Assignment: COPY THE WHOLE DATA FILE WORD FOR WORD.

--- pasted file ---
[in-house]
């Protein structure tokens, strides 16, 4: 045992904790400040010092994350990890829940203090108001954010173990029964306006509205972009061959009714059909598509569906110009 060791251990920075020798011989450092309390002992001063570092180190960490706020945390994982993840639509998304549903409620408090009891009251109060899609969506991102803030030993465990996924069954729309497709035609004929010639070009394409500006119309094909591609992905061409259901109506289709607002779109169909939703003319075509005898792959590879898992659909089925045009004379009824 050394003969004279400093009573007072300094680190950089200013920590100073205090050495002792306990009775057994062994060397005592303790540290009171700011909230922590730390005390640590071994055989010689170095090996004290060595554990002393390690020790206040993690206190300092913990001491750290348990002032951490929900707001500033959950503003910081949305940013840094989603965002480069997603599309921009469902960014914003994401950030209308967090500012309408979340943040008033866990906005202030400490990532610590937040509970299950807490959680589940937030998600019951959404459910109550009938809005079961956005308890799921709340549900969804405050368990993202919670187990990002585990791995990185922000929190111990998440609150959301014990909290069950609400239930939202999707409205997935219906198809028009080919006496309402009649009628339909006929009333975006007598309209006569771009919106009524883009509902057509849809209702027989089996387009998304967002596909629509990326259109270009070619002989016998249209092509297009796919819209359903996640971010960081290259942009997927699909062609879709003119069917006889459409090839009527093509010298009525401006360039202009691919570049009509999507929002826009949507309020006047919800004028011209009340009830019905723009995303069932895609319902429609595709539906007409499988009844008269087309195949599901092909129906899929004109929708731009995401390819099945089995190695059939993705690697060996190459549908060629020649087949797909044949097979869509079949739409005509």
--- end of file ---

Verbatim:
[in-house]
């Protein structure tokens, strides 16, 4: 045992904790400040010092994350990890829940203090108001954010173990029964306006509205972009061959009714059909598509569906110009 060791251990920075020798011989450092309390002992001063570092180190960490706020945390994982993840639509998304549903409620408090009891009251109060899609969506991102803030030993465990996924069954729309497709035609004929010639070009394409500006119309094909591609992905061409259901109506289709607002779109169909939703003319075509005898792959590879898992659909089925045009004379009824 050394003969004279400093009573007072300094680190950089200013920590100073205090050495002792306990009775057994062994060397005592303790540290009171700011909230922590730390005390640590071994055989010689170095090996004290060595554990002393390690020790206040993690206190300092913990001491750290348990002032951490929900707001500033959950503003910081949305940013840094989603965002480069997603599309921009469902960014914003994401950030209308967090500012309408979340943040008033866990906005202030400490990532610590937040509970299950807490959680589940937030998600019951959404459910109550009938809005079961956005308890799921709340549900969804405050368990993202919670187990990002585990791995990185922000929190111990998440609150959301014990909290069950609400239930939202999707409205997935219906198809028009080919006496309402009649009628339909006929009333975006007598309209006569771009919106009524883009509902057509849809209702027989089996387009998304967002596909629509990326259109270009070619002989016998249209092509297009796919819209359903996640971010960081290259942009997927699909062609879709003119069917006889459409090839009527093509010298009525401006360039202009691919570049009509999507929002826009949507309020006047919800004028011209009340009830019905723009995303069932895609319902429609595709539906007409499988009844008269087309195949599901092909129906899929004109929708731009995401390819099945089995190695059939993705690697060996190459549908060629020649087949797909044949097979869509079949739409005509």